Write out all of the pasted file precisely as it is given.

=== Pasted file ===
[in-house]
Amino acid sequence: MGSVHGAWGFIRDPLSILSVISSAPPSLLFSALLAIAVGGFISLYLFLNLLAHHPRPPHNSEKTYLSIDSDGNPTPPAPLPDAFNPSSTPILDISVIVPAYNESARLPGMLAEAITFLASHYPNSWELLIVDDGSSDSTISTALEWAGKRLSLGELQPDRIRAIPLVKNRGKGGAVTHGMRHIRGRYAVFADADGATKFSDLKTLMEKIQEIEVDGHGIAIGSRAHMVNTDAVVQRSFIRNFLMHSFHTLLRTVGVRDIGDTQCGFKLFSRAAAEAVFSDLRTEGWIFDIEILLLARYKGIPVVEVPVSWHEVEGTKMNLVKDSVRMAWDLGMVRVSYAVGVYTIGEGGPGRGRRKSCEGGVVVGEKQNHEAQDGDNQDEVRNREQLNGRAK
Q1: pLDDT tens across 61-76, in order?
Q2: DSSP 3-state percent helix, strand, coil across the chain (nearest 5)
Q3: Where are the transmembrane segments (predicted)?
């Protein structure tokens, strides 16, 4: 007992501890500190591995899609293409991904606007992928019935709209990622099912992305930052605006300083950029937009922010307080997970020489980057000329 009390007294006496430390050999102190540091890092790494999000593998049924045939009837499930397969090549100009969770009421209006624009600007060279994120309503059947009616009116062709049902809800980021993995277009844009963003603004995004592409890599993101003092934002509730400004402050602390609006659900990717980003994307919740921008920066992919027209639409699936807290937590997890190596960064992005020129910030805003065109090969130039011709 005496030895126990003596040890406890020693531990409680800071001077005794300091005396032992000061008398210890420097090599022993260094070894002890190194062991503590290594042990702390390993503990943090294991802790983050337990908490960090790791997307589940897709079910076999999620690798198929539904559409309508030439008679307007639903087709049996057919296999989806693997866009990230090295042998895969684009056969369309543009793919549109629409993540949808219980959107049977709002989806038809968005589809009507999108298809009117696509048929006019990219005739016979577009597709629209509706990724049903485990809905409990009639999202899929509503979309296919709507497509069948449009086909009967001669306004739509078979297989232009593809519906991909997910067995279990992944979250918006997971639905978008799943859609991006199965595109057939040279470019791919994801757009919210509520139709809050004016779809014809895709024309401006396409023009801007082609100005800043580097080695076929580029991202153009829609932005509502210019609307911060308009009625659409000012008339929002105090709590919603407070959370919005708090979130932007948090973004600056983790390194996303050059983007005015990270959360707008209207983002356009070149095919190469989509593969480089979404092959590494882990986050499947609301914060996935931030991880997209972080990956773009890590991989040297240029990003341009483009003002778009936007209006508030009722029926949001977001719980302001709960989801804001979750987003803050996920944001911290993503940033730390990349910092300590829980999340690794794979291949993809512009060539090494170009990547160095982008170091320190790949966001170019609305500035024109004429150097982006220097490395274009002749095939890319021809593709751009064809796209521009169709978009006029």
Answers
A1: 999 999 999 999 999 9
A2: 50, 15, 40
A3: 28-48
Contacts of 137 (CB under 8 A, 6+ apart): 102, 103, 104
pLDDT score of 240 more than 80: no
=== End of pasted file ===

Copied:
[in-house]
Amino acid sequence: MGSVHGAWGFIRDPLSILSVISSAPPSLLFSALLAIAVGGFISLYLFLNLLAHHPRPPHNSEKTYLSIDSDGNPTPPAPLPDAFNPSSTPILDISVIVPAYNESARLPGMLAEAITFLASHYPNSWELLIVDDGSSDSTISTALEWAGKRLSLGELQPDRIRAIPLVKNRGKGGAVTHGMRHIRGRYAVFADADGATKFSDLKTLMEKIQEIEVDGHGIAIGSRAHMVNTDAVVQRSFIRNFLMHSFHTLLRTVGVRDIGDTQCGFKLFSRAAAEAVFSDLRTEGWIFDIEILLLARYKGIPVVEVPVSWHEVEGTKMNLVKDSVRMAWDLGMVRVSYAVGVYTIGEGGPGRGRRKSCEGGVVVGEKQNHEAQDGDNQDEVRNREQLNGRAK
Q1: pLDDT tens across 61-76, in order?
Q2: DSSP 3-state percent helix, strand, coil across the chain (nearest 5)
Q3: Where are the transmembrane segments (predicted)?
């Protein structure tokens, strides 16, 4: 007992501890500190591995899609293409991904606007992928019935709209990622099912992305930052605006300083950029937009922010307080997970020489980057000329 009390007294006496430390050999102190540091890092790494999000593998049924045939009837499930397969090549100009969770009421209006624009600007060279994120309503059947009616009116062709049902809800980021993995277009844009963003603004995004592409890599993101003092934002509730400004402050602390609006659900990717980003994307919740921008920066992919027209639409699936807290937590997890190596960064992005020129910030805003065109090969130039011709 005496030895126990003596040890406890020693531990409680800071001077005794300091005396032992000061008398210890420097090599022993260094070894002890190194062991503590290594042990702390390993503990943090294991802790983050337990908490960090790791997307589940897709079910076999999620690798198929539904559409309508030439008679307007639903087709049996057919296999989806693997866009990230090295042998895969684009056969369309543009793919549109629409993540949808219980959107049977709002989806038809968005589809009507999108298809009117696509048929006019990219005739016979577009597709629209509706990724049903485990809905409990009639999202899929509503979309296919709507497509069948449009086909009967001669306004739509078979297989232009593809519906991909997910067995279990992944979250918006997971639905978008799943859609991006199965595109057939040279470019791919994801757009919210509520139709809050004016779809014809895709024309401006396409023009801007082609100005800043580097080695076929580029991202153009829609932005509502210019609307911060308009009625659409000012008339929002105090709590919603407070959370919005708090979130932007948090973004600056983790390194996303050059983007005015990270959360707008209207983002356009070149095919190469989509593969480089979404092959590494882990986050499947609301914060996935931030991880997209972080990956773009890590991989040297240029990003341009483009003002778009936007209006508030009722029926949001977001719980302001709960989801804001979750987003803050996920944001911290993503940033730390990349910092300590829980999340690794794979291949993809512009060539090494170009990547160095982008170091320190790949966001170019609305500035024109004429150097982006220097490395274009002749095939890319021809593709751009064809796209521009169709978009006029």
Answers
A1: 999 999 999 999 999 9
A2: 50, 15, 40
A3: 28-48
Contacts of 137 (CB under 8 A, 6+ apart): 102, 103, 104
pLDDT score of 240 more than 80: no